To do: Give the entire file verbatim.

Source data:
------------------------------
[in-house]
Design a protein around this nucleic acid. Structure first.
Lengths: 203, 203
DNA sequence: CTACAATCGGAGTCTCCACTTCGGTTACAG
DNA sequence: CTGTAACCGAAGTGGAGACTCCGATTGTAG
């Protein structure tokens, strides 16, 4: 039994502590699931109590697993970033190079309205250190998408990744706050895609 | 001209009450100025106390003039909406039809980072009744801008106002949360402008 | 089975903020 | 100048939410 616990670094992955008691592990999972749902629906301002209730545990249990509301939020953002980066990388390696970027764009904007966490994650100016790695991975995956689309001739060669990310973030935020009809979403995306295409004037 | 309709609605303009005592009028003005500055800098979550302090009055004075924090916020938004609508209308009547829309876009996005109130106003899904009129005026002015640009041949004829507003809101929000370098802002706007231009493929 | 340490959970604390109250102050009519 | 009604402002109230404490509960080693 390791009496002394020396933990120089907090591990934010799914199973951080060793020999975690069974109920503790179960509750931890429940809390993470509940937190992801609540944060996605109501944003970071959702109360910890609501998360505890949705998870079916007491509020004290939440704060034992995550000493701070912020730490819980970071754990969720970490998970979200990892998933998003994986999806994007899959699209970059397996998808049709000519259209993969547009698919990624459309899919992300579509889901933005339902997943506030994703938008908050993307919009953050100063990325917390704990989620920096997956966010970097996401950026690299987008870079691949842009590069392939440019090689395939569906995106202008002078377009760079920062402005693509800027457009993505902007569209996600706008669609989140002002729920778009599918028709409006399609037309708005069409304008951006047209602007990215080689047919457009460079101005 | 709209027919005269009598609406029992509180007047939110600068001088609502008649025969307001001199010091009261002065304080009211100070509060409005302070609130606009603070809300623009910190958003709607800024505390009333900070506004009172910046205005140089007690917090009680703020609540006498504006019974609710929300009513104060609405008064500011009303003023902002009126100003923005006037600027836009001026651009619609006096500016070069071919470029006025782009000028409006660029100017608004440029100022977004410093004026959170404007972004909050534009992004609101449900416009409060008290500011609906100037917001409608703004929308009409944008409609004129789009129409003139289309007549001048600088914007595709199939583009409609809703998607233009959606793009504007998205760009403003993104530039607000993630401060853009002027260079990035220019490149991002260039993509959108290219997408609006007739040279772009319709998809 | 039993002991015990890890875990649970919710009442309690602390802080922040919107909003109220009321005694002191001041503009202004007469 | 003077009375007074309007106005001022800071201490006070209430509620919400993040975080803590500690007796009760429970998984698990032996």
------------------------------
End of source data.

[in-house]
Design a protein around this nucleic acid. Structure first.
Lengths: 203, 203
DNA sequence: CTACAATCGGAGTCTCCACTTCGGTTACAG
DNA sequence: CTGTAACCGAAGTGGAGACTCCGATTGTAG
């Protein structure tokens, strides 16, 4: 039994502590699931109590697993970033190079309205250190998408990744706050895609 | 001209009450100025106390003039909406039809980072009744801008106002949360402008 | 089975903020 | 100048939410 616990670094992955008691592990999972749902629906301002209730545990249990509301939020953002980066990388390696970027764009904007966490994650100016790695991975995956689309001739060669990310973030935020009809979403995306295409004037 | 309709609605303009005592009028003005500055800098979550302090009055004075924090916020938004609508209308009547829309876009996005109130106003899904009129005026002015640009041949004829507003809101929000370098802002706007231009493929 | 340490959970604390109250102050009519 | 009604402002109230404490509960080693 390791009496002394020396933990120089907090591990934010799914199973951080060793020999975690069974109920503790179960509750931890429940809390993470509940937190992801609540944060996605109501944003970071959702109360910890609501998360505890949705998870079916007491509020004290939440704060034992995550000493701070912020730490819980970071754990969720970490998970979200990892998933998003994986999806994007899959699209970059397996998808049709000519259209993969547009698919990624459309899919992300579509889901933005339902997943506030994703938008908050993307919009953050100063990325917390704990989620920096997956966010970097996401950026690299987008870079691949842009590069392939440019090689395939569906995106202008002078377009760079920062402005693509800027457009993505902007569209996600706008669609989140002002729920778009599918028709409006399609037309708005069409304008951006047209602007990215080689047919457009460079101005 | 709209027919005269009598609406029992509180007047939110600068001088609502008649025969307001001199010091009261002065304080009211100070509060409005302070609130606009603070809300623009910190958003709607800024505390009333900070506004009172910046205005140089007690917090009680703020609540006498504006019974609710929300009513104060609405008064500011009303003023902002009126100003923005006037600027836009001026651009619609006096500016070069071919470029006025782009000028409006660029100017608004440029100022977004410093004026959170404007972004909050534009992004609101449900416009409060008290500011609906100037917001409608703004929308009409944008409609004129789009129409003139289309007549001048600088914007595709199939583009409609809703998607233009959606793009504007998205760009403003993104530039607000993630401060853009002027260079990035220019490149991002260039993509959108290219997408609006007739040279772009319709998809 | 039993002991015990890890875990649970919710009442309690602390802080922040919107909003109220009321005694002191001041503009202004007469 | 003077009375007074309007106005001022800071201490006070209430509620919400993040975080803590500690007796009760429970998984698990032996």